Over the course of the clinical trials, COVID-19 vaccines prevented severe disease across demographics such as age, race, and health status. “So far it looks like it’s doing pretty well across the board, at least in these early days, but there always is variability in people’s response, whether it be infection or vaccination,” Schultz-Cherry says. “Something we’ll have to really watch over time is, do your antibodies to COVID wane faster if you’re in a certain demographic?”

However, the degree of protection the vaccine offers is encouraging. “In general with vaccines, older individuals don’t respond as well,” Mulligan says. “That seems to be a little different here; the older adults are responding very well to these RNA vaccines.” This is crucial, he says, because older adults face a heightened risk of hospitalization and account for about eight out of 10 COVID-19 deaths in the United States.

Researchers have only had the opportunity to track the novel coronavirus for about a year. They’re still working to understand long-haul COVID-19, which involves symptoms that persist for weeks or months after the initial infection. There’s also concern that the virus may cause damage in seemingly mild cases that will show up later. “One of the scary things about this virus is we really don’t know, whether you have a severe infection or mild, what it means longer-term,” Schultz-Cherry says.

However, she and Mulligan are optimistic that vaccines will be able to ward off both severe COVID-19 and the potential for any lingering complications. “If the vaccine is preventing you from getting infected, meaning you don’t have any virus replicating in your respiratory tract, then yes, absolutely it would protect you from those long-term complications,” Schultz-Cherry says. “Even if you still have some virus replicating, but it’s much lower levels or can’t get deep in your lungs, you would also predict that you would have less long-term complications.”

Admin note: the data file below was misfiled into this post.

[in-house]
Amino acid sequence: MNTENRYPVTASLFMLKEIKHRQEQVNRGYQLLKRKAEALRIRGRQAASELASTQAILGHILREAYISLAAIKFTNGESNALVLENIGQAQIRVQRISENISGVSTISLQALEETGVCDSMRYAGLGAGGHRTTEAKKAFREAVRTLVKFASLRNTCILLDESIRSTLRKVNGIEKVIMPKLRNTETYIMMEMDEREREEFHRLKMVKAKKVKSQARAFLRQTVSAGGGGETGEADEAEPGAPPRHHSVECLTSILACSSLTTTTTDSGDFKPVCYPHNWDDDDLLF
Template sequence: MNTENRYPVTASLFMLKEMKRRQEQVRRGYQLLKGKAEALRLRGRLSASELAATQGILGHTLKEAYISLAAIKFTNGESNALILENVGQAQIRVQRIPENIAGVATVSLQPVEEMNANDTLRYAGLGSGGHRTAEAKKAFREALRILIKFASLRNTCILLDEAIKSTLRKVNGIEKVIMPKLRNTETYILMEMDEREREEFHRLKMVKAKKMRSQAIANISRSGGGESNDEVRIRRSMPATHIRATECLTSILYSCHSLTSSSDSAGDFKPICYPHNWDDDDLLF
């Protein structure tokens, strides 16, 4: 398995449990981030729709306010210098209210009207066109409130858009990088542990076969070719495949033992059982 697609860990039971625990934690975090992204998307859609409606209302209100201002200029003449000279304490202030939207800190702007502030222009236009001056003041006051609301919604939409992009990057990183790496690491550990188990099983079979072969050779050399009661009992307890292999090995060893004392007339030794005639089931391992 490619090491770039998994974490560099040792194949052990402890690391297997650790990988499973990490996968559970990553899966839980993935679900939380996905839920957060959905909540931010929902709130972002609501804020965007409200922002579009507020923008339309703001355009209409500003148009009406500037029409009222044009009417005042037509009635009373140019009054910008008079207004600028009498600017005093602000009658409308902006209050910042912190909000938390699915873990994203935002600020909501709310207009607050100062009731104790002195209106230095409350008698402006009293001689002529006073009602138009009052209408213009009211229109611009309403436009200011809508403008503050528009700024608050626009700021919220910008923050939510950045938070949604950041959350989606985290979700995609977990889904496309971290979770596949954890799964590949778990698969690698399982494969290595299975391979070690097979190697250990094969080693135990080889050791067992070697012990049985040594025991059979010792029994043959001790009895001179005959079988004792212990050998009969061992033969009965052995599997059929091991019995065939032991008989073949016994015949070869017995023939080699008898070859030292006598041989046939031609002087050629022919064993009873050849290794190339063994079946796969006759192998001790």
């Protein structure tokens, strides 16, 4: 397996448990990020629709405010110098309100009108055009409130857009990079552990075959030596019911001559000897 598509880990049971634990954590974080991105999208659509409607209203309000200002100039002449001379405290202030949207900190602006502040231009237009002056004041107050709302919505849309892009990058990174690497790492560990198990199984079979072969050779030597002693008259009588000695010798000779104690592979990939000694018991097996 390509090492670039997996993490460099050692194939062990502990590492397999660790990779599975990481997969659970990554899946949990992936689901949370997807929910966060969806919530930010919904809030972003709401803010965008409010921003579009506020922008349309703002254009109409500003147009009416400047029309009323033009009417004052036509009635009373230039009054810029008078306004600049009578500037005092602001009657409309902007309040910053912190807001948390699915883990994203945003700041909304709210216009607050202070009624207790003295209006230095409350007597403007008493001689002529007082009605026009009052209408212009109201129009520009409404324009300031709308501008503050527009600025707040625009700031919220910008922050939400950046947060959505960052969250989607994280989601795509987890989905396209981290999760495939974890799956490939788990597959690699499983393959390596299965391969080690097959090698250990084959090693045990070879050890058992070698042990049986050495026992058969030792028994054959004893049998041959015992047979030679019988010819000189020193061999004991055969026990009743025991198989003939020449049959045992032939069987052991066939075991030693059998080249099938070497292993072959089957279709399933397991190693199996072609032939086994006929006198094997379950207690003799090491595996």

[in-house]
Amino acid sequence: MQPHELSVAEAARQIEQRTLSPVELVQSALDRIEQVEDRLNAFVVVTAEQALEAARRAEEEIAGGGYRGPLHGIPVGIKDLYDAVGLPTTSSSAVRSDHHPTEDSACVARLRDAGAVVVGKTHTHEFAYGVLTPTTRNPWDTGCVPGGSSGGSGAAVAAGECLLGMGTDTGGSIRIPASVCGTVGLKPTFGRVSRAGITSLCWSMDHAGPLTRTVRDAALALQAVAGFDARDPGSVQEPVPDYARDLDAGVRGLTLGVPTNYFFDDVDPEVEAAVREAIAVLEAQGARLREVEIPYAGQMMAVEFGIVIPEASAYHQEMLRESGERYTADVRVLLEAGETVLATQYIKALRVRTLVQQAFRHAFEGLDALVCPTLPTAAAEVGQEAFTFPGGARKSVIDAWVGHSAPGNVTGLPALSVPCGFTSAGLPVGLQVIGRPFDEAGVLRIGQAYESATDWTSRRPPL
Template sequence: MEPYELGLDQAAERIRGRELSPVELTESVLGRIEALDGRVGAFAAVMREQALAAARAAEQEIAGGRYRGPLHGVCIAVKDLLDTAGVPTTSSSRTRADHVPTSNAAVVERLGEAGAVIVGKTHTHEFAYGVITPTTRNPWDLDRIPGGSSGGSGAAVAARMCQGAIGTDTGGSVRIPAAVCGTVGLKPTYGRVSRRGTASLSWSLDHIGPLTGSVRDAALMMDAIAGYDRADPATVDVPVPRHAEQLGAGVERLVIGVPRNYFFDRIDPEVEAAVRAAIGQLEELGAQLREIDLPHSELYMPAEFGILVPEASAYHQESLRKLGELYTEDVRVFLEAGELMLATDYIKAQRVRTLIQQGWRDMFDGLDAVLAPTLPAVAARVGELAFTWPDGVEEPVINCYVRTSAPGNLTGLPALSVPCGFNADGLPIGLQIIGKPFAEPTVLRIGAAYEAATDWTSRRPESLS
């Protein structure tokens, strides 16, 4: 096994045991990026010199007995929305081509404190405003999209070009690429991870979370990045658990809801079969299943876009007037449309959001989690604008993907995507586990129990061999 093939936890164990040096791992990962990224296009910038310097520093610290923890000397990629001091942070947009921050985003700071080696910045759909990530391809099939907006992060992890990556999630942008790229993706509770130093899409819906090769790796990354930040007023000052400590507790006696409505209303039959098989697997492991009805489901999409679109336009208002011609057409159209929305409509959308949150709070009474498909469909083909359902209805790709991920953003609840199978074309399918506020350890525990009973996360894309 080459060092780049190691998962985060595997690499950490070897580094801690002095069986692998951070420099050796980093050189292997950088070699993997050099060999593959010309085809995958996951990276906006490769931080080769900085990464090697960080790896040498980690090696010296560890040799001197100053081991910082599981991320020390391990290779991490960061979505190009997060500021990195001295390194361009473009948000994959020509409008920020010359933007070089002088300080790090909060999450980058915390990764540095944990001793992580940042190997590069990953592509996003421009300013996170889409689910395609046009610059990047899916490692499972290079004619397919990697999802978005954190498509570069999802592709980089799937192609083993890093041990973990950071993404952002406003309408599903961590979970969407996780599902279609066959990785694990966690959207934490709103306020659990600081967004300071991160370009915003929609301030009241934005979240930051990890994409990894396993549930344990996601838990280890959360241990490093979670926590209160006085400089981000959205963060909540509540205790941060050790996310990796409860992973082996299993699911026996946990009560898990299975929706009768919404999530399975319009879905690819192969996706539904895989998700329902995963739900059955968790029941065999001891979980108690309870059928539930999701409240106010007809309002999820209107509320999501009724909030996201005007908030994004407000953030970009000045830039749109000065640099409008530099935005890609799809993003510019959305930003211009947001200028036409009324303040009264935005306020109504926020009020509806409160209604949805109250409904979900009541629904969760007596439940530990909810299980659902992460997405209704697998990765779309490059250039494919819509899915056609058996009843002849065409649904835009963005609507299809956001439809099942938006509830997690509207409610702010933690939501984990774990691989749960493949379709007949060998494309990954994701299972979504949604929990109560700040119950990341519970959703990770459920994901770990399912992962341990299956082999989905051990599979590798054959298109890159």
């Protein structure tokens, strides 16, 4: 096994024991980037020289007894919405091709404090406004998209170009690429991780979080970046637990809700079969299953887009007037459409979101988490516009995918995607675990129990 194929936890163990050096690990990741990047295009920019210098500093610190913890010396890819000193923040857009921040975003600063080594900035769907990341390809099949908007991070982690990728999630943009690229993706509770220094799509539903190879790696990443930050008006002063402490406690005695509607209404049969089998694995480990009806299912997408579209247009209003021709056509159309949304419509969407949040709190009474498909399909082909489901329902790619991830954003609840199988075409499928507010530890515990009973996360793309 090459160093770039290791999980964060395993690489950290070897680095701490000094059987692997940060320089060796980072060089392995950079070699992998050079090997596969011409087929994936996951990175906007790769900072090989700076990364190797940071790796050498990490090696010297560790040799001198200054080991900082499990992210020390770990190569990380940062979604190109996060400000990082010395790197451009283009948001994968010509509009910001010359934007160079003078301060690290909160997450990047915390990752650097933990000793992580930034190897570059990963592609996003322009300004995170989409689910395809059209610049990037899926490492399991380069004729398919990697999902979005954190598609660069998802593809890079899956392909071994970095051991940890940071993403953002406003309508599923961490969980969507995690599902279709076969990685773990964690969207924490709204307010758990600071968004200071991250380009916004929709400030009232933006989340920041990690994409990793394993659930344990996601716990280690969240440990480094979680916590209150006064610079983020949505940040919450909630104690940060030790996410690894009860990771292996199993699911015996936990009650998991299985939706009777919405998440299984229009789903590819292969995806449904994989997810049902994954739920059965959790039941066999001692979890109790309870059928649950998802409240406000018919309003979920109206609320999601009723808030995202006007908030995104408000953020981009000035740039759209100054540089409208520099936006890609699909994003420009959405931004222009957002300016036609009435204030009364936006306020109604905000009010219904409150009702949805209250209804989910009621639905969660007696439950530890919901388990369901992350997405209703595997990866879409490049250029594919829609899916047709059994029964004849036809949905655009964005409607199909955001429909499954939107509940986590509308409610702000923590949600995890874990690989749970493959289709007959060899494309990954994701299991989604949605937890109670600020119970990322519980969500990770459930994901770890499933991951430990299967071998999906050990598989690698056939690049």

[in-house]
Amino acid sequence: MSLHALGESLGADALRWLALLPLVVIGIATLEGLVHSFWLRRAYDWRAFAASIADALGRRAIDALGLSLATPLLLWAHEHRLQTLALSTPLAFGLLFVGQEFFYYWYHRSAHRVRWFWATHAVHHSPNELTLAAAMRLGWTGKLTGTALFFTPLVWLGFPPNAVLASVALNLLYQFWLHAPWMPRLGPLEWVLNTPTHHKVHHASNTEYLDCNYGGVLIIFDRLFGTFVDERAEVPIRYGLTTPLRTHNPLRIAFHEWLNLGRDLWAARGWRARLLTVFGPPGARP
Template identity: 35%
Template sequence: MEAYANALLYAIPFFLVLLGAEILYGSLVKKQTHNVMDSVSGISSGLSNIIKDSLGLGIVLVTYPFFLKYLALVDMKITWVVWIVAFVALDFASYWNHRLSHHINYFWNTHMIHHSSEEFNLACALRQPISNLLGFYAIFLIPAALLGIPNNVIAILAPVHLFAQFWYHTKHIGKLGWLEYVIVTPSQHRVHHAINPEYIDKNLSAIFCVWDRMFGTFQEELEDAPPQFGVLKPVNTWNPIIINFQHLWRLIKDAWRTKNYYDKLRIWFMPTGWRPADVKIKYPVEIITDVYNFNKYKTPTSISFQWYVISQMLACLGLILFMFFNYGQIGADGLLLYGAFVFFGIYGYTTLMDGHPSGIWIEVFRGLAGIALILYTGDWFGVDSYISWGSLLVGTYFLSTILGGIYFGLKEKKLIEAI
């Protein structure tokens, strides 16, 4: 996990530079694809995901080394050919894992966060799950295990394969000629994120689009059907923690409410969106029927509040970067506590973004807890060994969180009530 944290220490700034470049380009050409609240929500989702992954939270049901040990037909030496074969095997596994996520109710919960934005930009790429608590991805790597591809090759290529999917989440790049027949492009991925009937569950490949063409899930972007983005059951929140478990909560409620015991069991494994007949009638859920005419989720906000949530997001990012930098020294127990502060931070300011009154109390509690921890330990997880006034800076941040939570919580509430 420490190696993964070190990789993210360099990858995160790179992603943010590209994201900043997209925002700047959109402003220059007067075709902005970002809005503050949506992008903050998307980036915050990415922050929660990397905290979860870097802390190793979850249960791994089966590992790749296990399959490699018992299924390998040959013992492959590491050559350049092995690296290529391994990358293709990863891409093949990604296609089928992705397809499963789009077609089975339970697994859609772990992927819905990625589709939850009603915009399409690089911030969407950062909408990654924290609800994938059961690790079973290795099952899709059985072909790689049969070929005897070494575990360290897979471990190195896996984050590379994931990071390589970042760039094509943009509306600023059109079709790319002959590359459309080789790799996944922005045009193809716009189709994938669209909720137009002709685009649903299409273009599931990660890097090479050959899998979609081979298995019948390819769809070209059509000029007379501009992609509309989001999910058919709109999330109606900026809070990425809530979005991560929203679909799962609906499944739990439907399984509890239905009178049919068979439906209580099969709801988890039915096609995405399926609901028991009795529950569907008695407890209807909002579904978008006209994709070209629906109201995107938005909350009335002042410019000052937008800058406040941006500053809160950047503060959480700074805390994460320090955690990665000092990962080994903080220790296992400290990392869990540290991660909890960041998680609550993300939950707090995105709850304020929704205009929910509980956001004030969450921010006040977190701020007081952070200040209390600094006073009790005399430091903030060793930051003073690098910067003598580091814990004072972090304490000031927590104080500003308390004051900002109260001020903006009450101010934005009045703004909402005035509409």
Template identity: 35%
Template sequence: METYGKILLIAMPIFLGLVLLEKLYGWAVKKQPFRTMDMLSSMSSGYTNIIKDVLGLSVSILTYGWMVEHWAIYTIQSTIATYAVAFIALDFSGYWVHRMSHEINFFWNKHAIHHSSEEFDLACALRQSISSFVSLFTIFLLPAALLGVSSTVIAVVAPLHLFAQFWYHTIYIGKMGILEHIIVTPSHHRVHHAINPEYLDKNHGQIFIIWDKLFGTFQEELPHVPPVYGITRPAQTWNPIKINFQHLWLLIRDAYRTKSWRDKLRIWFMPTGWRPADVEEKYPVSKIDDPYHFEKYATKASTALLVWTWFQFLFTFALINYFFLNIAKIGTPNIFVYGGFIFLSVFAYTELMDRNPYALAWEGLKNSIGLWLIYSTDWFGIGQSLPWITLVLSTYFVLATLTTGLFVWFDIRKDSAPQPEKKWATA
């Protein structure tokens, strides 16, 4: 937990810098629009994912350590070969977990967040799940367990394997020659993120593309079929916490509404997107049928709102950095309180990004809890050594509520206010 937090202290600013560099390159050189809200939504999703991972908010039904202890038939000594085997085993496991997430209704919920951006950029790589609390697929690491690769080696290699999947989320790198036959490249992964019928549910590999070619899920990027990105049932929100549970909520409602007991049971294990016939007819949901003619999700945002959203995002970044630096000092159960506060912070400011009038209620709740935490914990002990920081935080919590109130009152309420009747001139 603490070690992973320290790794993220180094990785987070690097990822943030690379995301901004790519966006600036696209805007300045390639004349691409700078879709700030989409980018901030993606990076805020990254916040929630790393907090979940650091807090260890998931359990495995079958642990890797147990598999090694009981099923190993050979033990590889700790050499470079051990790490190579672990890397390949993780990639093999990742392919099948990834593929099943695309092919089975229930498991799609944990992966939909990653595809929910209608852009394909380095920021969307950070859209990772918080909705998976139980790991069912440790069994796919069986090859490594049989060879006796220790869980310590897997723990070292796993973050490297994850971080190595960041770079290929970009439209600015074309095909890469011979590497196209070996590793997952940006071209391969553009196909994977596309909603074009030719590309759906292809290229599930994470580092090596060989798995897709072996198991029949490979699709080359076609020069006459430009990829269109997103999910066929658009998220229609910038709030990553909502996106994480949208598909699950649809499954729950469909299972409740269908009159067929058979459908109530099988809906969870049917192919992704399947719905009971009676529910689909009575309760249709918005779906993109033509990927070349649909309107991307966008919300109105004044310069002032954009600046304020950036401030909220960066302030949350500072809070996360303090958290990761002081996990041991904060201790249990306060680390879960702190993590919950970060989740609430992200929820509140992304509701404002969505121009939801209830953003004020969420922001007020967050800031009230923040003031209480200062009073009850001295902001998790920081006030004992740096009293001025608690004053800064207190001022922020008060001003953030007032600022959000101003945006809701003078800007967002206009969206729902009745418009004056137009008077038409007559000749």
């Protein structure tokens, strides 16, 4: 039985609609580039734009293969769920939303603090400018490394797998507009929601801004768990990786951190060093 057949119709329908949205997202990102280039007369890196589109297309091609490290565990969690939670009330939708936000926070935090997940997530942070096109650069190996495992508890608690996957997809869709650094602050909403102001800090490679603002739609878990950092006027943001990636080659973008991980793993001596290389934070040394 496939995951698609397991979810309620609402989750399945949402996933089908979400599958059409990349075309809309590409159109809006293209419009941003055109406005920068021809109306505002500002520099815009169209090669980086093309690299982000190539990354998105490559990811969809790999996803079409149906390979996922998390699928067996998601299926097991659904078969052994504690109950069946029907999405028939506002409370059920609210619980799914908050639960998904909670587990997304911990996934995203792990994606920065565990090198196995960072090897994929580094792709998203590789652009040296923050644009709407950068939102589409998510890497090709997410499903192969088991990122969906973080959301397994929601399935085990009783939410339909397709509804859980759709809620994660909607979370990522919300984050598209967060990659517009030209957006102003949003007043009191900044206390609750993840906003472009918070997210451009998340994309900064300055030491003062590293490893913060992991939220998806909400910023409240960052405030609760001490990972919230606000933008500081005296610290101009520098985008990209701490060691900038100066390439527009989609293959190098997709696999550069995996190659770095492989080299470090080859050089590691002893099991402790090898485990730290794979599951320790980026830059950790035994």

Early data also indicate that the Moderna and Pfizer vaccines will be effective against new variants of the virus such as the one recently identified in the United Kingdom. The vaccines may be somewhat less potent against another variant of the virus that emerged in South Africa, but provoke antibody responses that likely remain high enough to offer protection. “Even if there is a little less efficacy, I think it will still do a very nice job preventing and limiting disease severity,” Schultz-Cherry says.

However, it will be important to continue surveilling the novel coronavirus even as vaccines become more accessible. As the virus continues to mutate over time, Mulligan says, “We may see some erosion of the absolute protection against laboratory-confirmed COVID or perhaps of an ability to prevent severe disease.”

In addition to sparing people who catch COVID-19 from life-threatening illness, the ability of vaccines to avert severe cases will be vital for reining in the pandemic. “If severe disease somehow reflects a higher level of virus, those people may be more contagious,” Mulligan says. “[By] preventing the severe cases, there might be less virus transmission, and people would be more likely to recover as opposed to die.”

Currently, severe COVID-19 is placing a huge strain on healthcare systems across the country. Earlier this month, hospitals in Los Angeles were forced to prepare to ration care as severe cases spiked. Many doctors, nurses, and other healthcare workers are struggling with burnout. Clinical trials and elective procedures for other conditions have been put on hold.

“We need to decrease the number of people getting infected, and more importantly, if somebody is going to get infected, we have to make sure that we can reduce that disease severity,” says Schultz-Cherry. “Because that’s what’s devastating about the infection, is that you can get very severe disease, especially in certain high-risk groups.”